Greta Thunberg back for Friday climate protests at Swedish parliament

Photo: Twitter, Greta Thunberg

Following a long spell of online protests, Swedish climate activist Greta Thunberg was back in front of the Swedish parliament building on Friday for an in-person protest against climate change.

Together with a handful of other protesters, Thunberg, showcasing her famous sign saying “School strike for climate” and wearing a face mask with the Fridays for Future logo, returned to her original site in Stockholm, as pictures showed that she posted on Instagram and Twitter.

"Today we are back outside the Parliament. But the pandemic is still far from over, so we will continue to keep our numbers as low as possible and act in accordance with local restrictions," she wrote.

Thunberg began staging her one-woman protests in front of Sweden’s parliament building in August 2018, calling on politicians to ramp up the fight against climate change. Within several months, the climate youth movement Fridays for Future was born, sparking mass demonstrations attended by hundreds of thousands of mainly young participants across the globe.

However, the coronavirus pandemic temporarily stopped such large-scale events.

Unable to keep up her Friday protests in person, Thunberg had turned to posting images online of herself holding up her protest sign at home.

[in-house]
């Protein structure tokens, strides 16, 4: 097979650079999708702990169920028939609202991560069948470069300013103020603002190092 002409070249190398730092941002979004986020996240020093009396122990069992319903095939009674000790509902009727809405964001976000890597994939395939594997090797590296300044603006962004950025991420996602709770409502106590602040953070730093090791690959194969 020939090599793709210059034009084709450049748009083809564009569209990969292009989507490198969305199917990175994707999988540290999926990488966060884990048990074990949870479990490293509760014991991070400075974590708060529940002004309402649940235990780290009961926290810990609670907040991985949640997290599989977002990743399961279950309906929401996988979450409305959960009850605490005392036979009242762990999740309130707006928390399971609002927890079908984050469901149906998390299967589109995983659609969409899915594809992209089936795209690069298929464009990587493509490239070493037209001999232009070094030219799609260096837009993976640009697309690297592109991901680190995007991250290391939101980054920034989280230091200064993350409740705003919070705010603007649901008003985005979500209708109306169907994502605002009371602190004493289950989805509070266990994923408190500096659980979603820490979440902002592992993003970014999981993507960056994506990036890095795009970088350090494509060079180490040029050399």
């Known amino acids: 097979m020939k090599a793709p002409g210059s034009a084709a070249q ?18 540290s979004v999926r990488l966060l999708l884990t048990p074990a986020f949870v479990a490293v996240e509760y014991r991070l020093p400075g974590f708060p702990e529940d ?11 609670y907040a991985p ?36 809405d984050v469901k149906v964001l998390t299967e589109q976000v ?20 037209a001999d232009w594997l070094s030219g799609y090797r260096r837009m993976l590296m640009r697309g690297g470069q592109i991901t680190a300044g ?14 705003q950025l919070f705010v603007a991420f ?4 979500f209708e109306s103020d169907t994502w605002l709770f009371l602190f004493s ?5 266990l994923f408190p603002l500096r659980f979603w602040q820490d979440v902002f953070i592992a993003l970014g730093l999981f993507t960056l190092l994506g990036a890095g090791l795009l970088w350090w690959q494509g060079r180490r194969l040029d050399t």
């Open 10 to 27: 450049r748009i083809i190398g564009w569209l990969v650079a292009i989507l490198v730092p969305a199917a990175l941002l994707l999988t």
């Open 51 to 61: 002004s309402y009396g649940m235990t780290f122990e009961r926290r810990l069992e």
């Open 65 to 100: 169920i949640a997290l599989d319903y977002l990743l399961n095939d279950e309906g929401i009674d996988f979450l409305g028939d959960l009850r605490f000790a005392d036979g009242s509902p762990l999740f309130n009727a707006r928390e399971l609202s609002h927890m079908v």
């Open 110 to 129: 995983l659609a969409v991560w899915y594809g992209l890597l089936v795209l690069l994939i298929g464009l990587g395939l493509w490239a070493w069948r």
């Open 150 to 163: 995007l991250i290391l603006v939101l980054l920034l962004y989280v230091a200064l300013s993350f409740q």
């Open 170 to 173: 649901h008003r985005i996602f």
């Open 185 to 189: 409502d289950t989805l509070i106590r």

In March, she held a sit-in in front of the European Commission’s representation in Stockholm to protest against the EU's agricultural policy and in April she published a picture of herself in a deforested area in central Sweden.

Similar articles

  • Hungary committed to contentious LGBT law

    Hungary committed to contentious LGBT law

    The right-wing populist government in Hungary is attracting conservative thinkers from the United States who admire its approaches to migration, LGBT issues and national sovereignty - all matters that have put the country at odds with its European partners, who see not a conservative haven but a worrying erosion of democratic institutions on multiple fronts. Hungary’s top diplomat has a few things to say about that.

    31
  • German chancellor candidates plead for stronger Europe in final TV debate

    German chancellor candidates plead for stronger Europe in final TV debate

    Sunday elections will be closely watched by Western allies, wary of an uncertain outcome

    The two top candidates running neck-and-neck to replace Angela Merkel as German chancellor called for a stronger European Union on Thursday in a final TV debate that did little to shake up a race expected to end in lengthy coalition negotiations, news wires reported. With days to go before the general election on Sunday that will see Merkel step aside after 16 years in power, her conservative CDU-CSU alliance is playing catch-up with the center-left Social Democrats (SPD) in the polls, narrowing the gap to just 2%.

    41
  • Denmark sides with US against French criticism of defence deal

    Denmark sides with US against French criticism of defence deal

    Denmark is siding with the United States in the dispute with its fellow EU member France over a major Indo-Pacific defense deal, AP reported. PM Mette Frederiksen said in a newspaper interview that she wants to warn against turning “concrete challenges, which will always exist between allies, into something they should not be.” On Tuesday the EU agreed to put the dispute at the top of the bloc’s political agenda.

    41